Energy Fuels Inc.'s convention booth was crammed with potential investors and investment bankers angling for business at the world's largest mining convention, an especially welcome buzz given that company had recently launched a fundraising drive. The uranium company needed cash, and all was going swimmingly.
But less than a week later, on March 11, the glow from the annual gathering of the Prospectors & Developers Association of Canada in Toronto was immediately snuffed out by Japan's deadly earthquake and tsunami. With the damaged Fukushima-Daiichi nuclear power plant leaking radiation, contaminating food and water, and still at risk of a meltdown, the market has soured for all things nuclear.
Mining is an extremely expensive business, and companies depend on the market for cash. With countries around the world re-evaluating plans to build new nuclear power plants or refurbish aging ones, uranium companies are struggling with financing and growth prospects.
Uranium companies across the board were crushed in the days after the March 11 Japanese disaster. Shares for Energy Fuels, for example, closed at 87 cents on March 10; they fell to 81 cents on March 11, 59 cents on March 12, and hit 42 cents on March 17. Energy Fuels closed at 48 cents Monday on the Toronto Stock Exchange.
Toronto-based Denison Mines Corp. closed at $3.11 on March 10, $3.19 on March 11, and dropped to $2.28 on March 16. It, too, has regained some of its losses, closing at $2.41 Monday. Uranium One Inc. , another Toronto-based player, closed at $5.93 on March 10 and at $4.01 on Monday. Size was no saviour: Industry giant Cameco Corp. , of Saskatoon, also took a beating, closing at $36.51 on March 10 before skidding to $27.73 on March 17; it closed at $29.87 Monday.
Uranium executives accept that their stocks have crashed since the Japanese crisis, but they expect the price of the metal to rally. The challenge will be holding their companies together to benefit from the rebound.
"Everything was going beautifully until we got back from PDAC," Gary Steele, Energy Fuels' senior vice-president of corporate marketing, said in an interview. He added that the company "had a couple long days" deciding whether to go ahead with its equity and warrant offering.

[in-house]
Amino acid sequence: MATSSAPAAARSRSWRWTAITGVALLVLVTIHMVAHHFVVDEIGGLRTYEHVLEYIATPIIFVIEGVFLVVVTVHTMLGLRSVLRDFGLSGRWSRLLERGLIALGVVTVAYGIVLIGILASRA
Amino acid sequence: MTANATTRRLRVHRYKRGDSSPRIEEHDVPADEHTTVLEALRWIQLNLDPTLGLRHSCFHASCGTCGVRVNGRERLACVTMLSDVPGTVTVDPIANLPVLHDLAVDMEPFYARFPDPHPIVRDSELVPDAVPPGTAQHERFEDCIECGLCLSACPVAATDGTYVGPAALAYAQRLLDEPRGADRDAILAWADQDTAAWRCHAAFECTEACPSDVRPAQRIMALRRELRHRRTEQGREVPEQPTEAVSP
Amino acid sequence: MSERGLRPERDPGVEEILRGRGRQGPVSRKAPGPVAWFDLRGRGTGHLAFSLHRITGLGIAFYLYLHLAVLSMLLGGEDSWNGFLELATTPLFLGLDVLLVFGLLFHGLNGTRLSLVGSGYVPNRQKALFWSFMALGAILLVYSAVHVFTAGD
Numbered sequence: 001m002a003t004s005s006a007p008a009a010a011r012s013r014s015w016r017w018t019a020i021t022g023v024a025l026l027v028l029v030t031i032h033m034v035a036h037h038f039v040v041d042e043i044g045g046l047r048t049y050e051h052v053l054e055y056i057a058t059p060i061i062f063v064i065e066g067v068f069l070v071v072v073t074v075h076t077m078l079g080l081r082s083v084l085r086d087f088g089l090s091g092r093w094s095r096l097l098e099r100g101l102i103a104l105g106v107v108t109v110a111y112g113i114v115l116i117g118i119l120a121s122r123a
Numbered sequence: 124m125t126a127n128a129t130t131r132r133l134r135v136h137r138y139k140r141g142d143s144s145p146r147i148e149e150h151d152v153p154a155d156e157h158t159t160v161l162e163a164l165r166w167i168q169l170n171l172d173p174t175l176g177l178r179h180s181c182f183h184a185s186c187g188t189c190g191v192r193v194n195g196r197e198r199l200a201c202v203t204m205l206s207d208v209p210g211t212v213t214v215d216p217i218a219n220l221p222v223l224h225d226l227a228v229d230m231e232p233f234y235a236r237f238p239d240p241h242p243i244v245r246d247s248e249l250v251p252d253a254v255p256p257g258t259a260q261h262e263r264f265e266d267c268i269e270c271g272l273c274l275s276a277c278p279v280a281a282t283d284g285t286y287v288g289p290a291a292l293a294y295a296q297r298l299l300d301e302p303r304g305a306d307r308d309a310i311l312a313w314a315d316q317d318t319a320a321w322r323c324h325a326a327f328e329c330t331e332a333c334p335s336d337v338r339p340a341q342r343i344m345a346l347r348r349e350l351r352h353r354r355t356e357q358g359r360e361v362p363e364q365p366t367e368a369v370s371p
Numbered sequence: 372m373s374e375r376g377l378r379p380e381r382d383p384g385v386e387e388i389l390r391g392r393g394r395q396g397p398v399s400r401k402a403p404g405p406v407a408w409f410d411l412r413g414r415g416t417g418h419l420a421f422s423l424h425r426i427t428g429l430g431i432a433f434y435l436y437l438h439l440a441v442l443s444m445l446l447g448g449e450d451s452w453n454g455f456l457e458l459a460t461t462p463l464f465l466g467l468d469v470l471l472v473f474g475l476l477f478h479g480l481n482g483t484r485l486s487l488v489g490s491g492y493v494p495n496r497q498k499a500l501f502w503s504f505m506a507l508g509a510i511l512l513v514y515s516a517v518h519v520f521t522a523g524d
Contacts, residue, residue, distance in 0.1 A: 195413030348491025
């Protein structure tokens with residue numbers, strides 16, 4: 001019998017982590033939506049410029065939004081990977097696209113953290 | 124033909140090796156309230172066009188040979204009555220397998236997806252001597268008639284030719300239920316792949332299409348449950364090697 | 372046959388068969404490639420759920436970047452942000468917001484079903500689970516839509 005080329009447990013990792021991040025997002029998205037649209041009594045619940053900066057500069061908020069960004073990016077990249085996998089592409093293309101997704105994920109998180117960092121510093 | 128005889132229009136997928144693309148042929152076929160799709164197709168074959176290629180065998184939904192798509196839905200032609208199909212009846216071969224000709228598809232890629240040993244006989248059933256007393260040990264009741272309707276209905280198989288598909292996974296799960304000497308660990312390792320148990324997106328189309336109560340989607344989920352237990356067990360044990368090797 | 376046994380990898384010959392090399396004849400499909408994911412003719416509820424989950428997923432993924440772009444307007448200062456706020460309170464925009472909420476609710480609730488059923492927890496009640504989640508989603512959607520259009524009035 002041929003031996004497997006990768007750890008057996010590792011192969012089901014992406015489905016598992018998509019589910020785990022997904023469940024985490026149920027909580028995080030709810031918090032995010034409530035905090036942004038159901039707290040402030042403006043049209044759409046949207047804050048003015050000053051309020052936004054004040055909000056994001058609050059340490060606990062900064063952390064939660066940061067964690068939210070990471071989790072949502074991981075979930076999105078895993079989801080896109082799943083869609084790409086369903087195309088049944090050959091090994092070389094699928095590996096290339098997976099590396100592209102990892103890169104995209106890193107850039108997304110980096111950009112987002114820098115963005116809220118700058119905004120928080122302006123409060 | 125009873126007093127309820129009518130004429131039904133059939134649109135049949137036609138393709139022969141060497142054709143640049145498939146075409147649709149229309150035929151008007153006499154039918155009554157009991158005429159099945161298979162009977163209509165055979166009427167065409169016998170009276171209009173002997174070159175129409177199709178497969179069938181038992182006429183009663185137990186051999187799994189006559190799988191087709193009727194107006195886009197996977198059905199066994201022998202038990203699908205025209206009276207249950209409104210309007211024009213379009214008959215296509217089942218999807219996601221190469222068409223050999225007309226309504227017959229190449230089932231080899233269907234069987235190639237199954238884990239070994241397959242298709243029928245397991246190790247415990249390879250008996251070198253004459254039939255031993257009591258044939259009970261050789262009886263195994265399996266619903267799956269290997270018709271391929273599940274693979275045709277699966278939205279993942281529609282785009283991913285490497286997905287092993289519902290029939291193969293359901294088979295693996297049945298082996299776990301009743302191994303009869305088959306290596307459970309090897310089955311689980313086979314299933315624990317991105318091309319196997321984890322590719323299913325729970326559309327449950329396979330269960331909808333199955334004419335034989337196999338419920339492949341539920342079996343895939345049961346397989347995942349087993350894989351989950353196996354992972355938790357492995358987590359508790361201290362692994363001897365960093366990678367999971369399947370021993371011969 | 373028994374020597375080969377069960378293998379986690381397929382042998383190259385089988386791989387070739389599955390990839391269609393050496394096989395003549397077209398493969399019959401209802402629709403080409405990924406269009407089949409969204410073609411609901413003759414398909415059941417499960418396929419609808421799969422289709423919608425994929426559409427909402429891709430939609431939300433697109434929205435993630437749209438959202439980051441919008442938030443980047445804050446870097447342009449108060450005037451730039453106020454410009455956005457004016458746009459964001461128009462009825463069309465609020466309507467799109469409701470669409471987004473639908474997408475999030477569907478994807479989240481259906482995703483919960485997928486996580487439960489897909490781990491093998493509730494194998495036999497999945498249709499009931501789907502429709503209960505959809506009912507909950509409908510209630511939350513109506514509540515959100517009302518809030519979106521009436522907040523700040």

The deal went ahead and closed last Thursday, but Toronto-based Energy Fuels, which desperately needed cash to deal with reclamation bond obligations for a proposed uranium processing facility in Colorado, raised only $11.5-million, down from its $25-million target. Further, the units, consisting of one share and one purchase warrant, sold for 50 cents each, about half the original expected price.
Initially, part of Energy Fuels' financing was to go toward reviving two mines. "Those will just have to be delayed," Mr. Steele said. "We'll do some of the work, but we cut way back on what our original plan was."
Even companies that have tidy balance sheets and expectations that the nuclear industry and uranium prices will soon perk up are drafting contingency plans. When the triple whammy of disasters hit Japan, Denison was in the midst of deciding whether to reopen a mine in Utah. High uranium prices made the plan attractive, but the recent price collapse - uranium fell about 10 per cent to $60 (U.S.) per pound immediately after the quake, and is now worth $58.50 per pound - has Denison pulling back.
"We will be re-evaluating that now," said Ron Hochstein, Denison's chief executive officer. Uranium needs to sell for $65 per pound to make the Utah mine work, he said. "I think it will still get there, but the startup of that mine may be delayed a bit."
Toronto-based Denison has uranium contracts in place for 2011 and 2012 and beyond, and planned to sell roughly 55 per cent of its production on the spot market this year. Mr. Hochstein believes uranium will rise above $65 this year, but now Denison is considering stockpiling uranium rather than move it at low prices. This would allow the company to keep mining at full speed while avoiding punishing prices.
Adam Schatzker, an analyst at RBC Capital Markets, expects the spot price to ring in at $69 per pound in 2010 and $77.50 per pound in 2012, down from his previous forecast of $80 per pound this year and $100 per pound next year.
Paladin Energy Ltd., an Australian company that listed shares on the TSE in 2005, is still bullish on uranium, despite the events in Japan. "In the long term, and likely in the medium term, this will not have a huge impact," spokesman Greg Taylor said.
By his count, there are 443 nuclear reactors operating in the world, with 62 under construction and 156 planned. "What you're not seeing is a lot of new uranium production coming online," he noted. Mr. Taylor expects China and its Asian neighbours to buoy the market, although China has joined Germany, Japan, and Russia in stalling expansion and approval plans for nuclear plants.
Patricia Mohr, an analyst at Scotia Capital, is in Mr. Taylor's corner when it comes to new nuclear projects. "China, India, South Korea and Russia have plans to add the equivalent of 66 per cent of the world's total nuclear power production," she wrote in a research note. She believes those countries will "almost certainly" move ahead with expansion plans, adding: "The Fukushima-Daiichi event will likely delay rather than derail the 'nuclear renaissance.'"